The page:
The two fastest scoring teams in the powerplay, which are also the stingiest bowling teams in the powerplay, made it to the final of the 2023 World Cup. As we had anticipated in the start of the tournament , it has been a World Cup for pioneers. India have been better than Australia in the first ten overs (scoring 6.87 per over to Australia’s 6.55, conceding 4.34 per over to Australia’s 4.75), which is part of the reason they are starting the final as favorites. Here’s what teams can do tactically to improve their lead in Ahmedabad on Sunday:
Let Shami sweep Australia’s openers
Open the bowling alley with Mohamed Shami. Ahmedabad has had little new ball movement, so make Shami stand out early against Australia’s left-handed openers. Shami to the left-handed batsmen in this World Cup so far: 52 balls, 32 runs, eight wickets. He is India’s best bet to exploit Travis Head’s weakness outside off stump. He is also a master of the angle around the wicket which worries David Warner, who scored 117 runs off 130 deliveries from Jasprit Bumrah without getting to him in ODIs. Also, Bumrah in powerplay in this World Cup: 3.13 and more.
Can Australia contain itself with the new ball?
Australia’s bowlers have been stingy in the early overs but have not picked up as many wickets as they would have liked. To be fair, they have barely played in conditions where the new ball has moved. The day he moved, they had South Africa. 23 for 4 in the semi-final. However, Ahmedabad is almost certain to test his skills with the new ball. Josh Hazlewood has been exemplary with the lengths of him, but Mitchell Starc It can be expensive if the ball doesn’t move. Australia should consider changing Pat Cummins as early as the third over if there is no change for Starc. Hard lengths like Cummins have worked in Ahmedabad.
Watch out for Rohit vs Hazlewood
Hazlewood’s immaculate lengths will pose an early threat to India. He found a little movement in the seam in the league game in Chennai and had India 2 for 3 in no time. He can reach that knee length time and time again. Rohit Sharma won’t want to be a stationary target, so don’t be surprised if he comes down the track after overtaking Hazlewood and hits it outside of his length. It will be a fascinating contest: Australia looking to pin Rohit at their crease, Rohit looking to pick on his lengths.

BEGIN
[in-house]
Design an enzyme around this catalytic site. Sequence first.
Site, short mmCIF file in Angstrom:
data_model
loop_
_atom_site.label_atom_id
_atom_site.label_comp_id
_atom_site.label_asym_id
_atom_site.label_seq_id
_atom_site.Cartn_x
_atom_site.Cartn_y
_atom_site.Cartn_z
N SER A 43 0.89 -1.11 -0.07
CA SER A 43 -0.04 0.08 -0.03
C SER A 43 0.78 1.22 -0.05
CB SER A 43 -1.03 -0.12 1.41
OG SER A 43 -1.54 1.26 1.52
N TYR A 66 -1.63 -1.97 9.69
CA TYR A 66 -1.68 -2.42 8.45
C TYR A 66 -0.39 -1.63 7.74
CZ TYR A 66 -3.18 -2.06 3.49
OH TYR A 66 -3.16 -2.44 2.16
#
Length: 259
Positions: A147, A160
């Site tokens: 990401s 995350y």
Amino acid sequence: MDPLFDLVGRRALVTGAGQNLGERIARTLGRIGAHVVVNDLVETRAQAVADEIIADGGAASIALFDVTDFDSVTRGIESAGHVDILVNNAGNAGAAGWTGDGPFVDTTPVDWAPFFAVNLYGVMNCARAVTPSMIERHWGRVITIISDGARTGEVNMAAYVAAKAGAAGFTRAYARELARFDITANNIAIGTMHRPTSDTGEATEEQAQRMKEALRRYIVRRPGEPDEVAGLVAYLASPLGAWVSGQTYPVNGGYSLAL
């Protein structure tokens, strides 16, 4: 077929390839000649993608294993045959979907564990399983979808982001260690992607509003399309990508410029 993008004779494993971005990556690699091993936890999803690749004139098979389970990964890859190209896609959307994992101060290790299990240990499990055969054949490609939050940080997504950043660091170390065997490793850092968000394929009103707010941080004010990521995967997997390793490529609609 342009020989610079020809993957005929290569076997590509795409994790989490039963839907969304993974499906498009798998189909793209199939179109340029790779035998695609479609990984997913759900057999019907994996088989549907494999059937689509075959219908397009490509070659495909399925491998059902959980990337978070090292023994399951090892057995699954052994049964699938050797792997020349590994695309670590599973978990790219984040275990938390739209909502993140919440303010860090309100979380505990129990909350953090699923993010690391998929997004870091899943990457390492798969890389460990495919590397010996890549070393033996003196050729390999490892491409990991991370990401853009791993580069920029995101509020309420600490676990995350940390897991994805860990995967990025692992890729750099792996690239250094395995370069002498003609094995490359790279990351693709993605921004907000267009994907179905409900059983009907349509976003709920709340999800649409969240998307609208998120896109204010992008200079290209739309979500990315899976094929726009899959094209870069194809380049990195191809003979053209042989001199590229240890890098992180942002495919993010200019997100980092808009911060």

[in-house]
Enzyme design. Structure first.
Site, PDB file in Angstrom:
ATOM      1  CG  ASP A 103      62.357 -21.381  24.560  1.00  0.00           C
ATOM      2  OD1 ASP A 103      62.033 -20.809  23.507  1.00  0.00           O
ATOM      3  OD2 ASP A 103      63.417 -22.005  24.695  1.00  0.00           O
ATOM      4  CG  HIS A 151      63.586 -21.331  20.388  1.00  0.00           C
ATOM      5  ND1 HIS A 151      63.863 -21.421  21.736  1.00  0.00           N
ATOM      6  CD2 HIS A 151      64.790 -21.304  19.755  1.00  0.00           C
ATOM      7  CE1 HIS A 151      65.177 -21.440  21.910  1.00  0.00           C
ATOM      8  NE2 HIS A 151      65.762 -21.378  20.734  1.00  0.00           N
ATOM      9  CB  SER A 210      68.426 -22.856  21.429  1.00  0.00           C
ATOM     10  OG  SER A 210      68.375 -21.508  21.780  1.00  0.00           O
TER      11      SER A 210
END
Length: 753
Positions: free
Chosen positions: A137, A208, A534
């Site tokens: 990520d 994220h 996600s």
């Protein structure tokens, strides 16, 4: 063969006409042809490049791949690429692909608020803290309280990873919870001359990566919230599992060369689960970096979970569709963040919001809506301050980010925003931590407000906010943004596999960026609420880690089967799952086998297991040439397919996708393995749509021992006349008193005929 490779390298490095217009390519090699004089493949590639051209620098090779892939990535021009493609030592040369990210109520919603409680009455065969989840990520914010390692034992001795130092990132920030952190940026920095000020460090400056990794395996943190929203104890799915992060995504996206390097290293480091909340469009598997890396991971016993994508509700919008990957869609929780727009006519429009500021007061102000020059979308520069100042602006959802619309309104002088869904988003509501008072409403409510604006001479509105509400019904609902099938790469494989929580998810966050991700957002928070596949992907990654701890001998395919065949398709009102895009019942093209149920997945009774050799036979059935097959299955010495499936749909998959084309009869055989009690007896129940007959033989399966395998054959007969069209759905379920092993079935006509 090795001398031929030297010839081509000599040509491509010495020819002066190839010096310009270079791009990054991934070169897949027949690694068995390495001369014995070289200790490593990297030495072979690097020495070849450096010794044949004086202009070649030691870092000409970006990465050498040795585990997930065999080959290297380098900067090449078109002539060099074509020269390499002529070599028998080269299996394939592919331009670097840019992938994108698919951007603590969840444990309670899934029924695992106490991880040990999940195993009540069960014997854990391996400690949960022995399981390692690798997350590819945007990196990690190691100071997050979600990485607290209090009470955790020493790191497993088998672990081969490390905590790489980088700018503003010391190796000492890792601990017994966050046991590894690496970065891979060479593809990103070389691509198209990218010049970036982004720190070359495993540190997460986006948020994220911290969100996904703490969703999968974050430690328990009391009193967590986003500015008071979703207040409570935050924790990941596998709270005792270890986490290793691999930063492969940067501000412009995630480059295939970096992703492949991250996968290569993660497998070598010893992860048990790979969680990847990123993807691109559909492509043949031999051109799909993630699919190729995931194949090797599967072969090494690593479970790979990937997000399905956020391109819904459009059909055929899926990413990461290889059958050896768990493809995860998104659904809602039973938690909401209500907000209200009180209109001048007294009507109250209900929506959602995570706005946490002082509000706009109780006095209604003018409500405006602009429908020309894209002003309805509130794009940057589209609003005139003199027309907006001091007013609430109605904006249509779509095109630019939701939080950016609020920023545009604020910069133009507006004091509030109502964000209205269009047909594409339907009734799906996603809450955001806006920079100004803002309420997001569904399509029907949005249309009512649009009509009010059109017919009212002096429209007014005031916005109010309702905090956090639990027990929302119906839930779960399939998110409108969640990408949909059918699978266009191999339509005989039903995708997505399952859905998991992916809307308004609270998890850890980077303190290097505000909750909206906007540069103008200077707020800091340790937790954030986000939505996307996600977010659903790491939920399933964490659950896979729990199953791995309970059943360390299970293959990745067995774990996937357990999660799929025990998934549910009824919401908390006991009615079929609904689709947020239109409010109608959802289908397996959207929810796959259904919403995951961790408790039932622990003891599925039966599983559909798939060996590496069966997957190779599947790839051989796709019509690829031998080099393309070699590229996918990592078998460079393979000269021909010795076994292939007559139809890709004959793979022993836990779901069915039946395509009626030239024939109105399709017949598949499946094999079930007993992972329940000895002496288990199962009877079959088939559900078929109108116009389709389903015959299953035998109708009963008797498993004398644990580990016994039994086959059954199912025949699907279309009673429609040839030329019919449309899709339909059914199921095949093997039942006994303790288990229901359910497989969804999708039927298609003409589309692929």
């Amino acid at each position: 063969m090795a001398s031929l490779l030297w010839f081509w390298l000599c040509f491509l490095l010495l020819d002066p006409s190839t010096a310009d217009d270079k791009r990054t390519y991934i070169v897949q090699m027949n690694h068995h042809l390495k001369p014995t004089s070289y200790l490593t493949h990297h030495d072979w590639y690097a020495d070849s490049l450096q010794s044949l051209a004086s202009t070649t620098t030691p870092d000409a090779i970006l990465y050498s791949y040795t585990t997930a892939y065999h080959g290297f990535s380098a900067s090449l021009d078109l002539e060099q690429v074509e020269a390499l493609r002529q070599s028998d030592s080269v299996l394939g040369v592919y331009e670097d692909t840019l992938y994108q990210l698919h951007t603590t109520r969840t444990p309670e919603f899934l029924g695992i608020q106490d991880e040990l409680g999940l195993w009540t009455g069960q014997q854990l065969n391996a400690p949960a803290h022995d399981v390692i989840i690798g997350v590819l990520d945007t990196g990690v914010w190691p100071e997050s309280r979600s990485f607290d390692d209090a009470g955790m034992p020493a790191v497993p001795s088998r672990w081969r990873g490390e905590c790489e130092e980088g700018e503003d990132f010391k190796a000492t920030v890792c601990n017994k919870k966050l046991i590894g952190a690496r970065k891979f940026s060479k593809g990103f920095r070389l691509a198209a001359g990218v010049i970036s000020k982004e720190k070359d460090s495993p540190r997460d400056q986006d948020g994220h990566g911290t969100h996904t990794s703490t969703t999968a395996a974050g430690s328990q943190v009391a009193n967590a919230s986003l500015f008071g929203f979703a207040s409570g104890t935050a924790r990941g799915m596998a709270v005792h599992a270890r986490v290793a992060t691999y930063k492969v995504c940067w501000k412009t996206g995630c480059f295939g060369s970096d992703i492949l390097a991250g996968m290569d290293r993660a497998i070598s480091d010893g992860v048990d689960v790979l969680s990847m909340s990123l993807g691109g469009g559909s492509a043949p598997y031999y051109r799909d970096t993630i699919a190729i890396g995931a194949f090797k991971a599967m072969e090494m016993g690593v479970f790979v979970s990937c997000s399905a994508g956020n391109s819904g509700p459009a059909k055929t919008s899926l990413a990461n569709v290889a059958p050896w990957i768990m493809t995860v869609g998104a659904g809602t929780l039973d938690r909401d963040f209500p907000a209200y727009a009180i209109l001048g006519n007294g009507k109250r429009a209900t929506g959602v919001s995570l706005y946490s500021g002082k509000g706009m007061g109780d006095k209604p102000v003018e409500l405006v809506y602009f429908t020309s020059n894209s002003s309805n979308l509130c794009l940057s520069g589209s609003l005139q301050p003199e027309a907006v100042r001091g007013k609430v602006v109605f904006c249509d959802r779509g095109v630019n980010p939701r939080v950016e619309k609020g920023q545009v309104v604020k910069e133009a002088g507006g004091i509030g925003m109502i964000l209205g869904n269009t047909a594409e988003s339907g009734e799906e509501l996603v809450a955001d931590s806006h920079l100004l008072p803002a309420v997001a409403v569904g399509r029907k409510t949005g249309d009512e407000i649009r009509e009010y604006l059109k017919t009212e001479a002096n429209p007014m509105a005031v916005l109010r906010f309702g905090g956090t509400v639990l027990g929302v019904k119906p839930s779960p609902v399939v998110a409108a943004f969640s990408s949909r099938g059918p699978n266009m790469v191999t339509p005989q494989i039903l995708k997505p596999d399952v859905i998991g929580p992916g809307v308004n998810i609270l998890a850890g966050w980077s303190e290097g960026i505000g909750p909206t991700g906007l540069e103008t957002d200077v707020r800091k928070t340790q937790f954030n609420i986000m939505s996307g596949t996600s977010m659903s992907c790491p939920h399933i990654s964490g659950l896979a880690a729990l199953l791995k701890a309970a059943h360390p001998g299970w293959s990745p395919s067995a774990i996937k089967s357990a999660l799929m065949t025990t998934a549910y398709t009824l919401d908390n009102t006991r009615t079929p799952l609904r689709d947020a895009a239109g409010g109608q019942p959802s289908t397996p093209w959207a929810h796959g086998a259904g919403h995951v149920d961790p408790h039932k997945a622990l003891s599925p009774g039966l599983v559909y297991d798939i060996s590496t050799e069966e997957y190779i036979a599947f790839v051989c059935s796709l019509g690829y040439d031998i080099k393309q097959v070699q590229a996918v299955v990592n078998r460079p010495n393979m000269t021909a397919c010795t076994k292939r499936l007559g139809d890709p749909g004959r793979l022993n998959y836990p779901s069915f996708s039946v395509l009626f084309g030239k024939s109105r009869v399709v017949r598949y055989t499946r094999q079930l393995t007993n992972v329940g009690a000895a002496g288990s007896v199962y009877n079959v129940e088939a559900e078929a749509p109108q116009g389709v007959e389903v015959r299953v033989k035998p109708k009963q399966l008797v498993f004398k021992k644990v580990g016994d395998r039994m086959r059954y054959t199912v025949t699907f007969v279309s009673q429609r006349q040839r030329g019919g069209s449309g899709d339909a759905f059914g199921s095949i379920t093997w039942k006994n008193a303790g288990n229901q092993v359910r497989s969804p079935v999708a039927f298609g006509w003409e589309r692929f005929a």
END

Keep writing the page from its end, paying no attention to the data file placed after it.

Australia must hope opening risks pay off
Australia just needs to have a big day on the power play. Indian bowlers will not be discouraged so easily. Australia will hope that everything that has worked for Warner against Bumrah in the past continues to work on Sunday. And that a couple of early risks pay off for Head.
The XI: India unchanged, but Stoinis for Labuschagne?
Any temptation India had to replace Mohammed Siraj with R Ashwin (his only match in this World Cup was against Australia) will take a backseat due to Hardik Pandya’s absence. They can’t risk going in with just two fast bowlers.
Australia could be tempted to play Marcos Stoinis, as Marnus Labuschagne has struggled against left-arm spin, but with their line-up loaded with attacking batsmen, they could find themselves three down in 15 overs. That’s why they need two consistent hitters to ensure Glenn MaxwellThe entry point is after 30 overs.
Jadeja rules the intermediates
India also has the advantage in this phase. Ravindra Jadeja He has long been a thorn in Australia’s flesh and this World Cup has been no different. He dismissed Smith and Labuschagne in the league match, and has gone just 4.25 a year in this World Cup, and 4.18 against right-handed hitters. Australia’s numbers 3 to 7 are all right-handed batsmen.
Kuldeep Yadav has flown a bit under the radar but still averaged 24.53 with an economy of 4.32 and over in the World Cup. He will be India’s first weapon in case any of Australia’s left-handed batsmen manage to get out of the powerplay.
Don’t rule out a reverse swing if the box is as dry as it was when India played Pakistan and reversed it. That will also be Australia’s hope because India’s middle-order, barring Shreyas Iyer, enjoys good match-ups against their main spinner Adam Zampa. Maxwell is a bit of an unknown with an impressive economy rate of 4.72 in this World Cup, but India’s right-handed batsmen are expected to try and trouble him.
Choose to chase
The last three World Cup finals have been won by chasing teams, as have the last four T20 World Cup finals. I don’t want to say it has any relation to this match, but “runs on the board in a final” may not be much more than a cliché.
Now let’s move on to what influences this match. Three of the four league matches played in Ahmedabad in this World Cup were won by the chasing teams. Also the two IPL finals. Even when there is no dew, the pitch tends to quicken and improve for batting under the lights, and without the alarming swing and seam as seen at Mumbai’s Wankhede Stadium. The two matches Ahmedabad hosted in November were more competitive, with Australia defending successfully against England and Afghanistan putting serious pressure on South Africa, which could suggest that the arrival of winter has had some impact. That could mitigate the launch advantage to some extent.
Either way, the team that wins the toss could try to chase him. In fact, that might be Australia’s best chance: to contain India in slow conditions in the afternoon and then capitalize on more slippery ground. Otherwise, India have the advantage and a couple of Australians will have to play without skin if they bat first.